As the nation once again nears its borrowing limit, we are starting to see all the old talking points intended to bully representatives into unconditional support of incurring more debt.
The latest estimate puts the debt ceiling deadline at November 3, just in time for John Boehner to hammer out a deal before his semi-forced retirement from Congress.
(Photo by Brendan Hoffman/Getty Images)
The national debt now exceeds $18 trillion, and Congress’ inability to pass a balanced budget ensures that the problem is only going to get worse. Within 10 years, interest on the debt alone will exceed our country’s total spending on national defense. One would hope that such statistics would inspire political leaders to get serious about reining in spending, before the debt crisis becomes insurmountable. Yet every time anyone breathes so much as a whisper about the need for spending reforms to go along with a debt ceiling increase, the Democrats scream that Republicans are playing politics with the full faith and credit of the United States.
Failure to raise the debt ceiling, we are told, will result in an immediate and catastrophic default. We will have failed to fulfill our promises to our creditors, jeopardizing our ability to borrow in the future and sending waves of panic throughout the economy.
Okay, everybody calm down.
In fact, that’s not how the debt ceiling works. Hitting the debt ceiling simply means that we cannot borrow any more money, but revenues from taxes, fees, fines, and other sources continually pour into the nation’s coffers. True, we have promised to spend more on goods and services than we can afford, but the revenue we receive is more than enough to cover interest payments on the national debt.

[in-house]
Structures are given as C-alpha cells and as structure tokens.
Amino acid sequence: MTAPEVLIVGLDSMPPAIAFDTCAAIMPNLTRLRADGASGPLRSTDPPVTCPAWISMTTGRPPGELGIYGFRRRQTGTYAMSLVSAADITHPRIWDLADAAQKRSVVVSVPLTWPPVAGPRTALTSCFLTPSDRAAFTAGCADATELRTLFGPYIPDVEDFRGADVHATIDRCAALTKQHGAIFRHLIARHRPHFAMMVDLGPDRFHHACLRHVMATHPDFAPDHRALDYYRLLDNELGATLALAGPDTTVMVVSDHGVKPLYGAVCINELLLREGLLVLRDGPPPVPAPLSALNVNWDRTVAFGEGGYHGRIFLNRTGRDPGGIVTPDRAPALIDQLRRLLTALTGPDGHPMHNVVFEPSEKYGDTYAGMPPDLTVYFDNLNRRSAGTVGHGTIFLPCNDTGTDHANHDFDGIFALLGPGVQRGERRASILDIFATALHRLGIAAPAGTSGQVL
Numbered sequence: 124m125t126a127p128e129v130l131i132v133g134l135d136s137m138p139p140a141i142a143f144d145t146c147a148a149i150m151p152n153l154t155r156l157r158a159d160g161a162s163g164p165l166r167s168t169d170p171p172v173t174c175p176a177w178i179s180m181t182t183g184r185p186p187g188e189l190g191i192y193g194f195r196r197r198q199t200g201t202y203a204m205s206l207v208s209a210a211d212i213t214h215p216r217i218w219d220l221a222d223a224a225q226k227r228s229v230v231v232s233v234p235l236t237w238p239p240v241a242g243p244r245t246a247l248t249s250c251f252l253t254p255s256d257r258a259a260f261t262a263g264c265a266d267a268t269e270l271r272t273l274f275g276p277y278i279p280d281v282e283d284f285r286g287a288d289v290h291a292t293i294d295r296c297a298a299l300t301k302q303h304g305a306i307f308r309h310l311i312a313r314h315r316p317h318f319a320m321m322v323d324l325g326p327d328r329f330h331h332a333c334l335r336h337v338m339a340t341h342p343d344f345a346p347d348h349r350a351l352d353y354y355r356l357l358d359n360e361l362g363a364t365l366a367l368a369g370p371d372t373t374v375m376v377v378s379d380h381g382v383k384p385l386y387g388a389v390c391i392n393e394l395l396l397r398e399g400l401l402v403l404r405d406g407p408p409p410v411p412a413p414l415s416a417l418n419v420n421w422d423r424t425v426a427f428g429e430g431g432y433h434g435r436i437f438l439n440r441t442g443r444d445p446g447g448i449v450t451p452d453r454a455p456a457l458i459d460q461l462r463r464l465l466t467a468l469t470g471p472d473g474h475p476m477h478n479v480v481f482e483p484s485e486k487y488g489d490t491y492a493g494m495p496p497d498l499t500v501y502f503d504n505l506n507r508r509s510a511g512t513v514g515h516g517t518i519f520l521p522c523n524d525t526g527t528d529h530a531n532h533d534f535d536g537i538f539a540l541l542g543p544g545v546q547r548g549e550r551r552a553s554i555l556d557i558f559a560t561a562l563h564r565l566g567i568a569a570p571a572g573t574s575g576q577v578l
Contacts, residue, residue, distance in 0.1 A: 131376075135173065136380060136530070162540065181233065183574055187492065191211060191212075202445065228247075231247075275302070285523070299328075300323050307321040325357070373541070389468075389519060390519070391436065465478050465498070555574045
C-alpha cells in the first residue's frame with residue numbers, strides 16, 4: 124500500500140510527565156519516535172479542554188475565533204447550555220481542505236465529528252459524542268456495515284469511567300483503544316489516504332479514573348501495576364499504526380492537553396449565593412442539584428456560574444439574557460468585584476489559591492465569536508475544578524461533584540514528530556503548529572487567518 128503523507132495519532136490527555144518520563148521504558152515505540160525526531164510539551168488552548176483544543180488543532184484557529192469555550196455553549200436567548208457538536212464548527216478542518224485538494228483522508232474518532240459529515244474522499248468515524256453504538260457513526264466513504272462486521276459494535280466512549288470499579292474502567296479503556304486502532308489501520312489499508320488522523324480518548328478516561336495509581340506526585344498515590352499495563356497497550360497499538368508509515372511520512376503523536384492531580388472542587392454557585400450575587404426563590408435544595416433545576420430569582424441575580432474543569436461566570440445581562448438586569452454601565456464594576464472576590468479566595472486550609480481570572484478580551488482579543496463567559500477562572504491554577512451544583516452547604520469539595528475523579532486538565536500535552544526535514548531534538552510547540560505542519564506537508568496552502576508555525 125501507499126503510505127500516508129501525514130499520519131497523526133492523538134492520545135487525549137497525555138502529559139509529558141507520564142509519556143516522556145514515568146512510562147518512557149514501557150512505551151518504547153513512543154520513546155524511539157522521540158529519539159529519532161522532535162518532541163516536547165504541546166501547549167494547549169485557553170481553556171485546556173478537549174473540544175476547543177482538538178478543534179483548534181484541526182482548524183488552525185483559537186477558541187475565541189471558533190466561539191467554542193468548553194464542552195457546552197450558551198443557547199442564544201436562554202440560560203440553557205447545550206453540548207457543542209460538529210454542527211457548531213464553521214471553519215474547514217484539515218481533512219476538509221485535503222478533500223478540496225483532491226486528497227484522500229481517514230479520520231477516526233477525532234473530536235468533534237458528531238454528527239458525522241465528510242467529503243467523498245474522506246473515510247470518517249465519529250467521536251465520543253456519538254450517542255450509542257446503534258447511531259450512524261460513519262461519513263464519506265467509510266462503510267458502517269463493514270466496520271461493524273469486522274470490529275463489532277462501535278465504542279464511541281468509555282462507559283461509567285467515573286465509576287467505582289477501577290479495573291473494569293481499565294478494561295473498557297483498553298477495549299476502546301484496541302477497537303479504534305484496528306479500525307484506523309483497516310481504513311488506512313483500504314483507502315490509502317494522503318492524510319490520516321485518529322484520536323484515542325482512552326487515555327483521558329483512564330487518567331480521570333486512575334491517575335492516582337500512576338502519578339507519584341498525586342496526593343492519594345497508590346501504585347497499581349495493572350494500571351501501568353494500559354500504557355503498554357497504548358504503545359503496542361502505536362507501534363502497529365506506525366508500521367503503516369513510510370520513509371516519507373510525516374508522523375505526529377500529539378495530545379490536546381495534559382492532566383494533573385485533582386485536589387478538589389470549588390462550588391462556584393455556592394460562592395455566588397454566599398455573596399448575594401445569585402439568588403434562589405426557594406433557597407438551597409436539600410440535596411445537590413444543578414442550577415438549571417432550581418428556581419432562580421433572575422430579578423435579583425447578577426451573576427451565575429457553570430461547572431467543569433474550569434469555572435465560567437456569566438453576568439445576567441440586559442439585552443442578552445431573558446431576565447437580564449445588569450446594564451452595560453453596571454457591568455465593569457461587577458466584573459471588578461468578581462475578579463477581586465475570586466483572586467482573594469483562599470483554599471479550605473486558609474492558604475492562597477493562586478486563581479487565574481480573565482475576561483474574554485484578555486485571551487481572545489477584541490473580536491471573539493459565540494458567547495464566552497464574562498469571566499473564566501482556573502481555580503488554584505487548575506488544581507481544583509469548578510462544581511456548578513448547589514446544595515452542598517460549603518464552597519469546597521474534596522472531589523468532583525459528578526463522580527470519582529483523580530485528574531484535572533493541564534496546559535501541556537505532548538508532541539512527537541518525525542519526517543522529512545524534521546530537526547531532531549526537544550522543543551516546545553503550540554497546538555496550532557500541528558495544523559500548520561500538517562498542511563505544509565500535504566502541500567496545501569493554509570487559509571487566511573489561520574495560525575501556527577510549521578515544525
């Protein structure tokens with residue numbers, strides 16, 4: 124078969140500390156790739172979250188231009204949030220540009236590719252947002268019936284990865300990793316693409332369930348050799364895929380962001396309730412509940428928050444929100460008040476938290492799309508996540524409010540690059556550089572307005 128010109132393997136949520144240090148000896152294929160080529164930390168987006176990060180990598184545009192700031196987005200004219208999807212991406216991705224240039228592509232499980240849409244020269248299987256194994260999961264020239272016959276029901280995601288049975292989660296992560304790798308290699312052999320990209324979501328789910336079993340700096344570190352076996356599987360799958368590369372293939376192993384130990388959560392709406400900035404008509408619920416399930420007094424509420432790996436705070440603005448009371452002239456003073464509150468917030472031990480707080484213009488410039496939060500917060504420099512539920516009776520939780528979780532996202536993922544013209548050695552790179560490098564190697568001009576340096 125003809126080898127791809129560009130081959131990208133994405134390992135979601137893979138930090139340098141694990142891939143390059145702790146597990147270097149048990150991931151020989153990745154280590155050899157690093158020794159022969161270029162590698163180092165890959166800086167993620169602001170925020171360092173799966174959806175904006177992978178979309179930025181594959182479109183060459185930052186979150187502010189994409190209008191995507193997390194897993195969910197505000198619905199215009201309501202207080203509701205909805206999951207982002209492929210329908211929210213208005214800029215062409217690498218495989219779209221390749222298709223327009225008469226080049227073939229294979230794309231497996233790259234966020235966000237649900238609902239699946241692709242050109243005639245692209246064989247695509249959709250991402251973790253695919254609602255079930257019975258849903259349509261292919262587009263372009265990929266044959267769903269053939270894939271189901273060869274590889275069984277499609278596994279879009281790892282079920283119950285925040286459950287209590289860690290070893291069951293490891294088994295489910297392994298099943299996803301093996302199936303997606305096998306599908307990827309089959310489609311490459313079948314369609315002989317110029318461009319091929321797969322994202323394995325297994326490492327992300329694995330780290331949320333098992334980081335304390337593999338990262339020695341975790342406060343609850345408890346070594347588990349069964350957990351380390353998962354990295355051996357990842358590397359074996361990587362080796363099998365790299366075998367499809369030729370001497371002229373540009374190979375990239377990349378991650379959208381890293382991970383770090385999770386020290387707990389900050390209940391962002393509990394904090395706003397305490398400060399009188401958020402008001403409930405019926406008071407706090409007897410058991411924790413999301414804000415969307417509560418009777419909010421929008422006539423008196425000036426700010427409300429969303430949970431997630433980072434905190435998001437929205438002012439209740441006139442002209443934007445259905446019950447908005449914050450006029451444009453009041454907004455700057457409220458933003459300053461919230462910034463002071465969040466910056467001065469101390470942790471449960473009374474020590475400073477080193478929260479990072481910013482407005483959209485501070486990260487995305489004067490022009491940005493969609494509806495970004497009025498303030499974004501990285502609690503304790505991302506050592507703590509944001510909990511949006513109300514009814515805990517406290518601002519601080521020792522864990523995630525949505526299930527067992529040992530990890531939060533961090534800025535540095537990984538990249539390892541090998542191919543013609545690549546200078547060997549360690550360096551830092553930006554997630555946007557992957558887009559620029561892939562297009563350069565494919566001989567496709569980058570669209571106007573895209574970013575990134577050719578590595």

What’s more, the Treasury can choose which bills to pay first with the money that’s coming in. Since Treasury officials are well aware of the dangers of an actual default, and since the Constitution actually forbids defaulting on the debt, debt service always comes first. Because of this, the risk of default is extremely low; it can only occur if the Treasury decides to let it.
To underscore this point and ease minds, Rep. Tom McClintock (R-Cali.) has introduced the Default Prevention Act, which would codify into law what the Treasury already does, legally requiring the Treasury to prioritize payments to interest on the debt before anything else. Why pass a bill that mandates something that happens anyway? To finally end a stock talking point that has been misleading voters and lawmakers alike into making bad fiscal decisions. With the passage of the Default Prevention Act, we could finally have a rational conversation of debt that doesn’t immediately devolve into partisan histrionics.
Of course, this is not to say that there would be no consequences of failing to raise the debt ceiling. When you budget for more money than you have, something’s got to give. Certain programs would begin to see their funding dry up, starting with the least essential and moving to things people would really start to miss. But this idea that we have to raise the ceiling immediately, without discussion or compromise, or else default on our debt is simply not true. It’s a by-product of the “governing by crisis” mentality that has come to be standard operating procedure for Congress.
One of the most important outcomes of the ousting of John Boehner as speaker of the House is the potential to return to a more orderly process of governing. By passing appropriations bills earlier in the year, allowing the proper time for debate and spending reforms, we could avoid this increasingly tedious ritual of last-minute panicking over imaginary default.
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